Both Dong, a first-year PhD student in Civil and Systems Engineering, and Gardner, his thesis adviser, knew this was research-worthy. "We talked about how serious the situation was in China, and she said, do you want to create something?" Dong recalls.
He turned to the same ArcGIS mapping technology he and Gardner had previously used to build a tracker predicting measles hot spots in the United States. The visual design for the COVID-19 map was intentionally simple and intuitive: red circles contrasting against a black and gray background, with large red numbers in side columns tracking confirmed cases and deaths from COVID-19. Dong and Gardner would manually fill in data from the DXY, an online platform run by the Chinese medical community.
They publicly shared the dashboard the following morning. It tore through social media, and by afternoon PBS, The Washington Post, and other major news sites had featured it.
"It went viral pretty quickly," Gardner says, and it was clear just as quickly they couldn't keep up with the pace of data curation. So they brought in Hongru Du, another PhD student in Civil and Systems Engineering, to help with input and later coding. They also switched over to a semiautomated system for data input, aggregated through GitHub, with their sources expanding vastly to include WHO, news reports, and health agencies and disease control centers around the world.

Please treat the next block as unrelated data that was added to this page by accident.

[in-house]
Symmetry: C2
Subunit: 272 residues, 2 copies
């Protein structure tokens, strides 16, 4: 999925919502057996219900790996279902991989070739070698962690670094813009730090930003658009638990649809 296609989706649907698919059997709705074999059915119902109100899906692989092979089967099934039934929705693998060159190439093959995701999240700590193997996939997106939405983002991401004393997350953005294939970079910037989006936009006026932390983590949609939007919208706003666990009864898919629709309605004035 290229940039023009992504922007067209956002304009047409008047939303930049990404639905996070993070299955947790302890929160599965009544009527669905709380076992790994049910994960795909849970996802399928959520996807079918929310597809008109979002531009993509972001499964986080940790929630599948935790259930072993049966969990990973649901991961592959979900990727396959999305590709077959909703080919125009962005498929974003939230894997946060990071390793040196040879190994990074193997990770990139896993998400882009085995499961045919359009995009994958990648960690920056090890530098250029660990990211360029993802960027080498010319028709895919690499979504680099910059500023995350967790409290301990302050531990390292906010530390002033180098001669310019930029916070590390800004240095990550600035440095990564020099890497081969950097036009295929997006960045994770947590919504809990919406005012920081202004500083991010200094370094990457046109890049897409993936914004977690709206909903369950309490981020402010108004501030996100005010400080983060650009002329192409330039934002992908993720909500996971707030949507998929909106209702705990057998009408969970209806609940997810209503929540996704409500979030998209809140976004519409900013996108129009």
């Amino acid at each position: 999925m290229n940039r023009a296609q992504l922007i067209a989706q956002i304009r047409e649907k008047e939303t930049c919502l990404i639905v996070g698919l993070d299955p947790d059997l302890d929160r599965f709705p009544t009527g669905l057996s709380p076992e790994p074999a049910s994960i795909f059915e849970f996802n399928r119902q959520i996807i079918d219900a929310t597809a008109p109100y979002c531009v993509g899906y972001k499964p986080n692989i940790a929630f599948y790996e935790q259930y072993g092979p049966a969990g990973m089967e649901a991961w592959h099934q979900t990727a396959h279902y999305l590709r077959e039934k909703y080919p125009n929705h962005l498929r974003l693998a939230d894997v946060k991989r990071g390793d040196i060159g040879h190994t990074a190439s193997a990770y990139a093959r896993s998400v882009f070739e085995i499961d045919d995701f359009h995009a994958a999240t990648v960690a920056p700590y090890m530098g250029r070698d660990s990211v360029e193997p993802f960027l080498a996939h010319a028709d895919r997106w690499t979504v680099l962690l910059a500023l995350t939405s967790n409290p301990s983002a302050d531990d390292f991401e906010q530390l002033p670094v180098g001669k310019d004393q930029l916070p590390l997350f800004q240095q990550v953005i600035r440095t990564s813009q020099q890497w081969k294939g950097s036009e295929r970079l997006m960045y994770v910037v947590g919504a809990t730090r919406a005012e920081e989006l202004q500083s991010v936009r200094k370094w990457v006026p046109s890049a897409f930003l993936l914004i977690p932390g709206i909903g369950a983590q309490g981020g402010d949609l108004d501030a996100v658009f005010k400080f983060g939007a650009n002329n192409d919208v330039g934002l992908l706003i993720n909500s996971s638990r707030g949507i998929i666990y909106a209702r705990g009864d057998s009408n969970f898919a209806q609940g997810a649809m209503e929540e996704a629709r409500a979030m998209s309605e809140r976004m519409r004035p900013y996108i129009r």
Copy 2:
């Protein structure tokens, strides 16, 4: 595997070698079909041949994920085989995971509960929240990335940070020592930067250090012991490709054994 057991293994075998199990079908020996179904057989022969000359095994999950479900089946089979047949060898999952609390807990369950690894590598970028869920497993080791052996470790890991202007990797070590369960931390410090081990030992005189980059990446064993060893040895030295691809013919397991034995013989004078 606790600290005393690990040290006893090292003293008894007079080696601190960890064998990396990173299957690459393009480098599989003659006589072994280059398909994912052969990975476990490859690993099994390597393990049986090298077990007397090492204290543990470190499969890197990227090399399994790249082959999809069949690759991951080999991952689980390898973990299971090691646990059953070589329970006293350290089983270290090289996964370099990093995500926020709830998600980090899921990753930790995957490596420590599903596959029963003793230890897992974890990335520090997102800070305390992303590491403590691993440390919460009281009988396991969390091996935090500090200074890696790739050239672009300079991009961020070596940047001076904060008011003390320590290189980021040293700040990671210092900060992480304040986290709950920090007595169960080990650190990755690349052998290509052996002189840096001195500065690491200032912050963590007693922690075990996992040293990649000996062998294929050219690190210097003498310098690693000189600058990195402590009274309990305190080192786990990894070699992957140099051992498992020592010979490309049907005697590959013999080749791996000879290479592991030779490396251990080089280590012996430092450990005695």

The team made its headquarters the common area of Latrobe Hall on the Homewood campus, working around a conference table. Gardner sometimes brought along her new puppy, a Bernadoodle she and her husband named Tim Tam,after the Australian cookie. But this was work they also took home with them—and on walks, during dinner, in showers and dreams.
"When I first joined, I didn't know the map would be so popular," Du says, describing it as a full-time commitment that creates work into the pre-dawn hours. Like Dong, his family is in China, in the southern city of Kunming, so he understood the threat but didn't necessarily believe it would overwhelm the U.S. "At the starting period of the outbreak, it seemed maybe the U.S. wasn't paying attention," he says. "As numbers started going up, we saw huge jumps in users."
Visits to the site soared as Italy and Iran faced dire outbreaks. On April 2—the day cases of COVID-19 passed the million mark worldwide—the map drew more than 12.7 million page views to its site at coronavirus.jhu.edu, its peak day thus far. As CSSE announced this, Gardner remarked on Twitter: "I feel uncomfortable 'liking' this tweet, so I'm just going to re-circulate it instead."
The map's server has crashed several times under strain from intensive use, each time bringing a storm of frustration from thwarted users. No matter the cause, the map not loading prompted consternation. "Has the Johns Hopkins map of the coronavirus stopped working for other people, or just me?" tweeted Ken Cuccinelli, acting deputy secretary of Homeland Security, on February 24, garnering thousands of retweets and "likes."